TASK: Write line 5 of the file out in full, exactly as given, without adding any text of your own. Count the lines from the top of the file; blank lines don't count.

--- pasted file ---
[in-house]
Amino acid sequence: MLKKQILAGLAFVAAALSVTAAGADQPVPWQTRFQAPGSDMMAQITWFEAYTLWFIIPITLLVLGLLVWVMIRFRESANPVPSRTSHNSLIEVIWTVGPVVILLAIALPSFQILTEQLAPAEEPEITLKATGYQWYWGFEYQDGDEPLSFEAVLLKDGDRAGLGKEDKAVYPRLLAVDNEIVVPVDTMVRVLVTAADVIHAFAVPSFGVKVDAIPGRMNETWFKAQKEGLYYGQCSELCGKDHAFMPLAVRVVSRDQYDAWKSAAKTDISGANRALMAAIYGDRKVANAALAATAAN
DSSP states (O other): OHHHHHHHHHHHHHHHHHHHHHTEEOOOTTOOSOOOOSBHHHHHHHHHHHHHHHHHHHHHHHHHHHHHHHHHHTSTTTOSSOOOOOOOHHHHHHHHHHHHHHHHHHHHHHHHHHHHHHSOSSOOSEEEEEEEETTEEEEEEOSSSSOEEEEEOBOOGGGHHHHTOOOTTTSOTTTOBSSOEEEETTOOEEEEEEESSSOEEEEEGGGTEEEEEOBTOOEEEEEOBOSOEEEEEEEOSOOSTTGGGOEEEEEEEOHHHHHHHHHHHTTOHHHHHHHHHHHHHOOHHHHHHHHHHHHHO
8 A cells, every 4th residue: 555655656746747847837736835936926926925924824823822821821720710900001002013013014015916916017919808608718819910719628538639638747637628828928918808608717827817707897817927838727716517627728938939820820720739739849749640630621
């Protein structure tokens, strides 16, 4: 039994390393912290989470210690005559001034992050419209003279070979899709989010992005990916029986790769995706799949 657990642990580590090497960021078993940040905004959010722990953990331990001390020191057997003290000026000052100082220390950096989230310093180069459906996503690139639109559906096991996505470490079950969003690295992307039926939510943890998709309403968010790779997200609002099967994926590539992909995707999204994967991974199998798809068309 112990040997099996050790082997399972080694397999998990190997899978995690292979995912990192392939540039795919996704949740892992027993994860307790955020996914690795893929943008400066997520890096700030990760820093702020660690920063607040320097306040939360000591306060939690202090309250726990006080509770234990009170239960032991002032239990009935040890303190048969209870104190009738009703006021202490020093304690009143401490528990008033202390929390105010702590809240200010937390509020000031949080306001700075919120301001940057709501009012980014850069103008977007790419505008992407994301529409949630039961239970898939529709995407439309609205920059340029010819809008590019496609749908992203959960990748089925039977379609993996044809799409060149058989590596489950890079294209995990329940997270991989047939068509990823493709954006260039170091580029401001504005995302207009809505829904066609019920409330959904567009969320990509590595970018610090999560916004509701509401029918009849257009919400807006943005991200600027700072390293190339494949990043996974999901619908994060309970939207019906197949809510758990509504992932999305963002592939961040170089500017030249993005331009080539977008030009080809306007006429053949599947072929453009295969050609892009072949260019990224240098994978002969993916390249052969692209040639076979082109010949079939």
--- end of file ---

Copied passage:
């Protein structure tokens, strides 16, 4: 039994390393912290989470210690005559001034992050419209003279070979899709989010992005990916029986790769995706799949 657990642990580590090497960021078993940040905004959010722990953990331990001390020191057997003290000026000052100082220390950096989230310093180069459906996503690139639109559906096991996505470490079950969003690295992307039926939510943890998709309403968010790779997200609002099967994926590539992909995707999204994967991974199998798809068309 112990040997099996050790082997399972080694397999998990190997899978995690292979995912990192392939540039795919996704949740892992027993994860307790955020996914690795893929943008400066997520890096700030990760820093702020660690920063607040320097306040939360000591306060939690202090309250726990006080509770234990009170239960032991002032239990009935040890303190048969209870104190009738009703006021202490020093304690009143401490528990008033202390929390105010702590809240200010937390509020000031949080306001700075919120301001940057709501009012980014850069103008977007790419505008992407994301529409949630039961239970898939529709995407439309609205920059340029010819809008590019496609749908992203959960990748089925039977379609993996044809799409060149058989590596489950890079294209995990329940997270991989047939068509990823493709954006260039170091580029401001504005995302207009809505829904066609019920409330959904567009969320990509590595970018610090999560916004509701509401029918009849257009919400807006943005991200600027700072390293190339494949990043996974999901619908994060309970939207019906197949809510758990509504992932999305963002592939961040170089500017030249993005331009080539977008030009080809306007006429053949599947072929453009295969050609892009072949260019990224240098994978002969993916390249052969692209040639076979082109010949079939």